The World of Spirals

Karen Kirkness pic

by Karen Kirkness

What is spirality?

You might have been hearing more about spirality in the anatomy world recently, but what is spirality and why is it important for bodyworkers to know about it? Spirality in biologic structure, including fascia, refers to the appearance of spiral form throughout nature. Spirality is an emergent property of tension-compression balance, emerging in the way things grow. For example, we can easily see the curly shapes of pea tendrils, the horns of ruminant animals such as rams, and the spreading of whirling weather patterns.

Macro to micro

In the very largest sense, we see the stuff of galaxies spiralling out into the cosmos. And when we zoom into the microscopic view, we can see spirality everywhere in the building blocks of life here on Earth. Spirality shows up in proteins as the helical conformation of particles that make up our tiniest building blocks, such as collagen. Collagen is the structural backbone of the Extracellular Matrix of complex life such as ourselves. Its helical conformation into a braided rope-like structure endows it with incredible resistance to tensile load; gram for gram, Type I collagen is stronger than steel. (1)

The spiralling body

The helical twisting structural motif we find in collagen is also present in other filamentous tissue in the body and influences its physiological behaviour. For example, spirality occurs in the crawling of myosin around the ‘spiral staircase’ of actin, so that the contractility of muscular tissue is spiral in its form. Structure and function are co-creators of our experience of having a body! Examples of spiral structure and function are just about everywhere you look, from the helical muscle band of the cardiac pump (aka the helical heart), to the helical cross-ply arrangement of uterine muscle. The spiral growth pattern of human development can be traced through embryological development as well, as we dance our way around the primordial axis of the notochord through the journey of somites. 

Further reading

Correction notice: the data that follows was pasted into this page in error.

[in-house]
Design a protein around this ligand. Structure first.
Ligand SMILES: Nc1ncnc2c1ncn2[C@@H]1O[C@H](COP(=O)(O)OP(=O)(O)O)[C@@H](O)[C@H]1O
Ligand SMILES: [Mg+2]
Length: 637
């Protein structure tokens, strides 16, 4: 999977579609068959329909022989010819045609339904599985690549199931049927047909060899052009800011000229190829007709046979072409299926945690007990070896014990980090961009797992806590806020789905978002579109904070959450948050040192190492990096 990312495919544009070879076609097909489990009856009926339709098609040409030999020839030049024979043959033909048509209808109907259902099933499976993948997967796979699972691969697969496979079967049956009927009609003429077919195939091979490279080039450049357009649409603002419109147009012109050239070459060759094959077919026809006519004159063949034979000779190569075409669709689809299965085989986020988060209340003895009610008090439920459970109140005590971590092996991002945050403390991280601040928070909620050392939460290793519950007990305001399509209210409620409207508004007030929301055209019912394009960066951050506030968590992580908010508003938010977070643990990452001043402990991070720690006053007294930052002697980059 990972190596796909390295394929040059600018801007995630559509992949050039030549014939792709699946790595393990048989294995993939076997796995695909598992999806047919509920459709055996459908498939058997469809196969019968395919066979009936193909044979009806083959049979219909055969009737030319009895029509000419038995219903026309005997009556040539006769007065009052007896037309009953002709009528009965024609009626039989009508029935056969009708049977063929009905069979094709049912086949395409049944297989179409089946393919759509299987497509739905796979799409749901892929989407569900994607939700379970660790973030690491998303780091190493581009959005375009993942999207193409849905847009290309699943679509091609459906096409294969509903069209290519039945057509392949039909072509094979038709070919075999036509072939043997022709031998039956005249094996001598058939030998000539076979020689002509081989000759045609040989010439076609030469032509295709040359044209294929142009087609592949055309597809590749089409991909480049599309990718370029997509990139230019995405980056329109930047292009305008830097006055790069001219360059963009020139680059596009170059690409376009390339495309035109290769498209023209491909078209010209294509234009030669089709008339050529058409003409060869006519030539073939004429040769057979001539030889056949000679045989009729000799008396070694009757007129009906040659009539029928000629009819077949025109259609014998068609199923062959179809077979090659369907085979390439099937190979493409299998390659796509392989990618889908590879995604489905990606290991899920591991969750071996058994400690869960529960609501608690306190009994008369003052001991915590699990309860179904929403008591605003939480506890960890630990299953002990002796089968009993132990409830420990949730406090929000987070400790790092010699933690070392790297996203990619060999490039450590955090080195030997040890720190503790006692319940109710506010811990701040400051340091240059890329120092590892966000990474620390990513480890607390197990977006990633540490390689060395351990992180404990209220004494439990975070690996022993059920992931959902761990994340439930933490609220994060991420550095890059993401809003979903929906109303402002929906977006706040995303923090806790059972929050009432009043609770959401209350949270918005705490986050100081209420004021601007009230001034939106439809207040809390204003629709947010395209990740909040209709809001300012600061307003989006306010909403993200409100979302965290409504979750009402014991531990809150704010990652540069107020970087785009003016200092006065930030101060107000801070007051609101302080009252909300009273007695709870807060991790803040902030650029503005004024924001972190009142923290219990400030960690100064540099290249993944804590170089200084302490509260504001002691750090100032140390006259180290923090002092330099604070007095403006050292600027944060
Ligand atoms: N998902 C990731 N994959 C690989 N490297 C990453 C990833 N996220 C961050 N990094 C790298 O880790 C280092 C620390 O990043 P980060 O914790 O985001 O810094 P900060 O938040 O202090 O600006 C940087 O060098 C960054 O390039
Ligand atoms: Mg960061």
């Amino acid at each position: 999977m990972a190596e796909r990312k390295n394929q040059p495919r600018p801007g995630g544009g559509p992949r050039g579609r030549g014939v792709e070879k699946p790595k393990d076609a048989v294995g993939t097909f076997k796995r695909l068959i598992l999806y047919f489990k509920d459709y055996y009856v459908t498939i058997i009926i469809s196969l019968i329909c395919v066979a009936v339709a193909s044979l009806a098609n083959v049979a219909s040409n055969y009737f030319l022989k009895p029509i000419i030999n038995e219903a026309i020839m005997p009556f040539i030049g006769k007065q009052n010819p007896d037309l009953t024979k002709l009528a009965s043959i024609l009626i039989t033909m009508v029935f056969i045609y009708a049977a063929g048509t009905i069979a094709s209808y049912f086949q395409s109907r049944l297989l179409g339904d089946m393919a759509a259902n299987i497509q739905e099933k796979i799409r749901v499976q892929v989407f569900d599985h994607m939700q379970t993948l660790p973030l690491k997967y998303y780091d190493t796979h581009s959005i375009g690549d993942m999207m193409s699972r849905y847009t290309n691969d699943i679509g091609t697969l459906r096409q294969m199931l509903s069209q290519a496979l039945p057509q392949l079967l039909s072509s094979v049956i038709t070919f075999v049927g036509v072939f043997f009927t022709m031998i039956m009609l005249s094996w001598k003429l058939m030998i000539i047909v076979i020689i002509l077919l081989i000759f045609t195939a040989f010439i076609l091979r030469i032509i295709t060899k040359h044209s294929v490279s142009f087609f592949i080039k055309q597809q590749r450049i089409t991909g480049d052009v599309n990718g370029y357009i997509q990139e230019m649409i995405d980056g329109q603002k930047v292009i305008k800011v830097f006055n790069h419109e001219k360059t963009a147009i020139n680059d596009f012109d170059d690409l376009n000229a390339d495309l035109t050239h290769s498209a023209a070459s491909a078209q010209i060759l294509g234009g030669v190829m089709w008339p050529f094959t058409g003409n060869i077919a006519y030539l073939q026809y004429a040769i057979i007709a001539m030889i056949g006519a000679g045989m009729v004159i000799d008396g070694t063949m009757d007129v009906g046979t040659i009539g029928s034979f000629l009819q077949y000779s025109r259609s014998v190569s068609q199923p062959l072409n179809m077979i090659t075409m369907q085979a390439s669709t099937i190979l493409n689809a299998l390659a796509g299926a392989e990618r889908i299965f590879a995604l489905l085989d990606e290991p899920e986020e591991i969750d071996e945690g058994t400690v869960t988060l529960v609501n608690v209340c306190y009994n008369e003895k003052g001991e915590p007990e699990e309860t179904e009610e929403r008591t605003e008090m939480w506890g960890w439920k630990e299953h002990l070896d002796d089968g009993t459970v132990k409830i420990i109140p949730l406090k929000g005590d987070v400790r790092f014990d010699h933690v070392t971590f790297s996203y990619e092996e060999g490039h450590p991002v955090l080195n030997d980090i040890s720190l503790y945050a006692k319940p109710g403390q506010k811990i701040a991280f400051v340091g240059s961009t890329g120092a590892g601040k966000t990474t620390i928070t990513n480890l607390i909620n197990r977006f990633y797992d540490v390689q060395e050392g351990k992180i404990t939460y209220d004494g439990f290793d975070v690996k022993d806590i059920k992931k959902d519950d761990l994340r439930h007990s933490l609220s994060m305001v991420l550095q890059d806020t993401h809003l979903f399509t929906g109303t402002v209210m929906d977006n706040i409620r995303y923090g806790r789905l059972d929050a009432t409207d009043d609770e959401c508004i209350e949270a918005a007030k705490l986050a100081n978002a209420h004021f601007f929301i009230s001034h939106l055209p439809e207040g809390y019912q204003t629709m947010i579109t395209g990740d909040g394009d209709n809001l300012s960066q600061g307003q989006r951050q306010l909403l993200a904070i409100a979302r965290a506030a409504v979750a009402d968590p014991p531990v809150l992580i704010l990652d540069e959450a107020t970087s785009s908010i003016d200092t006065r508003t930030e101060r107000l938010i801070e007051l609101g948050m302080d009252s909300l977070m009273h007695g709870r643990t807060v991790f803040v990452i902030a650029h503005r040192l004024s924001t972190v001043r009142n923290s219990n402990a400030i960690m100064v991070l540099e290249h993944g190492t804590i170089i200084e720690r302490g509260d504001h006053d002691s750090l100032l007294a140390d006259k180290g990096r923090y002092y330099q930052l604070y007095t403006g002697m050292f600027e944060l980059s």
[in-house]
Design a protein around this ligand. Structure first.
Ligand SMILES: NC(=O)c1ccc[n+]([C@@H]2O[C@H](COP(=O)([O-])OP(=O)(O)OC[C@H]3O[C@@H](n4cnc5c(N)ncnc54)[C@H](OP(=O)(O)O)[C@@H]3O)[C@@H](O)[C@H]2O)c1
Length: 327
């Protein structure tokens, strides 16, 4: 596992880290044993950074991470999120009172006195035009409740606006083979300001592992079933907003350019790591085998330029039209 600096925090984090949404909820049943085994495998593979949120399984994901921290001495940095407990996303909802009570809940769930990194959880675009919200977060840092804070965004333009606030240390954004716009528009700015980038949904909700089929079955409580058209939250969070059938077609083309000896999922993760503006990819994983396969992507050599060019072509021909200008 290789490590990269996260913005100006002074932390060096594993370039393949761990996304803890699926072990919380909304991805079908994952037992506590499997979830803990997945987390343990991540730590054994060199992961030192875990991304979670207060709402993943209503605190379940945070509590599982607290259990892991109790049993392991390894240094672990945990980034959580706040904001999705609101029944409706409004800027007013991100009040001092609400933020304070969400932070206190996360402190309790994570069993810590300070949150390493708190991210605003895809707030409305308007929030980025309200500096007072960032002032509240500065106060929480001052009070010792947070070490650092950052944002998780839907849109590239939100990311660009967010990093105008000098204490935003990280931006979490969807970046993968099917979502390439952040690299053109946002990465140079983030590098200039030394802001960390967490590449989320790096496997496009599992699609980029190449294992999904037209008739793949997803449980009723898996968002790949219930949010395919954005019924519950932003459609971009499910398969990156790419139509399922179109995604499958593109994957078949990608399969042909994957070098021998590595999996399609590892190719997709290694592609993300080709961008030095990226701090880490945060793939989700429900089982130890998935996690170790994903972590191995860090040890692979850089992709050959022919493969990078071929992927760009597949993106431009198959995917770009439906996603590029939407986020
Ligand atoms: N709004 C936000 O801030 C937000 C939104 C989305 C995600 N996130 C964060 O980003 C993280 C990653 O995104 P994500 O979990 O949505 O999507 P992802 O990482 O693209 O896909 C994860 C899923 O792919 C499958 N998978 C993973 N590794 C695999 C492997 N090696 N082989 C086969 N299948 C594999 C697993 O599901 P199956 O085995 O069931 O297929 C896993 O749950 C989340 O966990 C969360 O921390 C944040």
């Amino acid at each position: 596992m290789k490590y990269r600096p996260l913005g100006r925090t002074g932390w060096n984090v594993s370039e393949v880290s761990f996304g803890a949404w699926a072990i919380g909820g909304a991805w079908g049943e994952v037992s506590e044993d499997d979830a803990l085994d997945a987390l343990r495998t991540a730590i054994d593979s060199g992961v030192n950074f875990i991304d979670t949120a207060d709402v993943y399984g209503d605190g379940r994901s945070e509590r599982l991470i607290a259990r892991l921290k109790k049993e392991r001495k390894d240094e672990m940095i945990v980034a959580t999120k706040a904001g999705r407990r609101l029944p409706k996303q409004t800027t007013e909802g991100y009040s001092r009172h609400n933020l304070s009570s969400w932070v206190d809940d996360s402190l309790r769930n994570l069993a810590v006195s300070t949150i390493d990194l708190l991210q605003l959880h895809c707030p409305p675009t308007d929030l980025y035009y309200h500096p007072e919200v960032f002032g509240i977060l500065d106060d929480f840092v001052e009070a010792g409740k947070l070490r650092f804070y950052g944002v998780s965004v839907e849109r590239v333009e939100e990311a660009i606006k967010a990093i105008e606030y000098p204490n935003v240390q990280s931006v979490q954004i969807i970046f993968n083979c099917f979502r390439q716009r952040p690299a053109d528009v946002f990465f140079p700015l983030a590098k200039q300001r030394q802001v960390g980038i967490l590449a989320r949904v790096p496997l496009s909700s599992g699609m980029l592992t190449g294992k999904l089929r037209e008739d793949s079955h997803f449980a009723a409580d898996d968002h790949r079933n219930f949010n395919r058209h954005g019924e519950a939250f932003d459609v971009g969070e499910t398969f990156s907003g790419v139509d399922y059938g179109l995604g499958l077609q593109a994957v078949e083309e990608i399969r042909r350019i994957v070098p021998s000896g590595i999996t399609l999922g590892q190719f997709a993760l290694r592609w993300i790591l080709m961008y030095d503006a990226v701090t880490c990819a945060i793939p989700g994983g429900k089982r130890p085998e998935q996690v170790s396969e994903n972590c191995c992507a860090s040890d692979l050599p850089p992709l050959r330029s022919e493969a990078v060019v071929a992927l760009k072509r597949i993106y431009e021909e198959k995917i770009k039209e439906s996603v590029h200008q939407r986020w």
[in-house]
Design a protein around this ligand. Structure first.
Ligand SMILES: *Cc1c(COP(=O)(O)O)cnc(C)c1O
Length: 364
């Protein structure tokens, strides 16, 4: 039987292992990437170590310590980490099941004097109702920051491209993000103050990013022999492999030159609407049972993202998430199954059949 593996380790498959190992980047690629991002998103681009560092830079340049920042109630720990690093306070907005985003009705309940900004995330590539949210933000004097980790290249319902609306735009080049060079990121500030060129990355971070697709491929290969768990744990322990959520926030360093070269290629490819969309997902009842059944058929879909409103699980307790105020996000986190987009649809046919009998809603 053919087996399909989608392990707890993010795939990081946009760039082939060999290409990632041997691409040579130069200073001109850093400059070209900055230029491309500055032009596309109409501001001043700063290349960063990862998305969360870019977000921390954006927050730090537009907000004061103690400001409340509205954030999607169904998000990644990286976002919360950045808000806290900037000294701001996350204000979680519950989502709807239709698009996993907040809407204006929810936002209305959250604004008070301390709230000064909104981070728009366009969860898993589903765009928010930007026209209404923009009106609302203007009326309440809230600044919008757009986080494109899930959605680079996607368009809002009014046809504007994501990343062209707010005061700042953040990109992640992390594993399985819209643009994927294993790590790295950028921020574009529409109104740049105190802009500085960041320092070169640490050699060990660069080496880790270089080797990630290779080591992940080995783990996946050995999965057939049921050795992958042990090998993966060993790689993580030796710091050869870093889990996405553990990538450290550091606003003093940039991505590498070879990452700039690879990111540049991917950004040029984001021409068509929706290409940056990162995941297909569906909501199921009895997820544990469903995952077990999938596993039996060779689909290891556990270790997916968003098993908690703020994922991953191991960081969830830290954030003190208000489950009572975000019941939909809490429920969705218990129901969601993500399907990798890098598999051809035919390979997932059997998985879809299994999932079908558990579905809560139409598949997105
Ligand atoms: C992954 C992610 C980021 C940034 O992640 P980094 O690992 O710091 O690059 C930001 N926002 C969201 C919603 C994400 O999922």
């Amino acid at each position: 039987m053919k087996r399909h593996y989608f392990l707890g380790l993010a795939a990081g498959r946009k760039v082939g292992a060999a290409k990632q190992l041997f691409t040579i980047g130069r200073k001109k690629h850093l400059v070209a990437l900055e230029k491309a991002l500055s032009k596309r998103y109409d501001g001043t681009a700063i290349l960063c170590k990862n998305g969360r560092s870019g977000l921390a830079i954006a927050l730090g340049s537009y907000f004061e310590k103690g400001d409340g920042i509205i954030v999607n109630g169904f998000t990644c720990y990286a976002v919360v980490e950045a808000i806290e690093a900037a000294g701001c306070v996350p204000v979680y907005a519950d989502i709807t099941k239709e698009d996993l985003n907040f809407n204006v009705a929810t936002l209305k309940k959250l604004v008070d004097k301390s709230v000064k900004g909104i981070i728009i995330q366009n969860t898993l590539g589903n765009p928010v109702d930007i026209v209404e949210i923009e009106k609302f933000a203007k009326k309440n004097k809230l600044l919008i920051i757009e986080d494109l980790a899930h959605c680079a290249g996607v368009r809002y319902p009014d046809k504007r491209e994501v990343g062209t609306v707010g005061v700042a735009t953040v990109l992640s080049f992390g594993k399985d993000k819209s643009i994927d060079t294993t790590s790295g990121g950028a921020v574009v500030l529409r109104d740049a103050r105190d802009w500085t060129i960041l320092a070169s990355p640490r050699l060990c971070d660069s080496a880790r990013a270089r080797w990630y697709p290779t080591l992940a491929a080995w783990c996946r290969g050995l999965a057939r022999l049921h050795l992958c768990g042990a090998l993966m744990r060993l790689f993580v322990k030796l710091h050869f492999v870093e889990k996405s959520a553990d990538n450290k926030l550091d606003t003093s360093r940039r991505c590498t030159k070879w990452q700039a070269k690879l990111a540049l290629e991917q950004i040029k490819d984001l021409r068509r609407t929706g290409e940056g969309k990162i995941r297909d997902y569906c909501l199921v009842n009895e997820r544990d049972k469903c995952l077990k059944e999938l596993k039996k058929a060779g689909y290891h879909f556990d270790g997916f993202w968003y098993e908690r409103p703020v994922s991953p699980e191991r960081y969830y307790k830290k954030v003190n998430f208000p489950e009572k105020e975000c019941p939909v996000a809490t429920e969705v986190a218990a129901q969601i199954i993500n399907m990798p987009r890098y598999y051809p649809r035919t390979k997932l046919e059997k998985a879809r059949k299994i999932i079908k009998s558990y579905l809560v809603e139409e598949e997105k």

If you’re fascinated by the spirality of tissue and spiral patterns of force transmission through the tensegral fascial body, read Spiral Bound: Integrated Anatomy for Yoga. This book takes a deep dive into the origin of spirality in human tissue. This conversational work offers readers an introduction to spiral movement, its structure and function as seated in the fascia, and an easily digestible movement map for working with spirality in motion called the Five Filaments.

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Want to read more? You don’t need to do yoga to enjoy this book’s far-ranging discussion.  Click here: ] and get 10% off when you pre order this fascinating book by using the coupon code kirknessprepub

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Karen Kirkness

New Karen Kirkness to use

Dr Karen Kirkness holds a Doctorate of Philosophy in Medical Sciences from Hull York Medical School. Her research is based on complexity science applications in the medical curriculum, especially how anatomy pedagogy informs health professions education outcomes. Dr Kirkness teaches embryology and anatomy with a focus on kineasthetic learning methods.

Karen is a committed movement educator passionate about facilitating healthy outcomes through guided self-practice with a focus on constraints-led spiral motion. Her work as a movement researcher in the Spiral Syllabus looks at rotational biomechanics in terms of the Five Filaments, the spiral motion rubric that Dr. Kirkness coined in her book, Spiral Bound: Integrated Anatomy for Yoga. Karen is the founder of Meadowlark Yoga in Edinburgh, Scotland, and holds an MFA & MSc in Human Anatomy from the University of Edinburgh.

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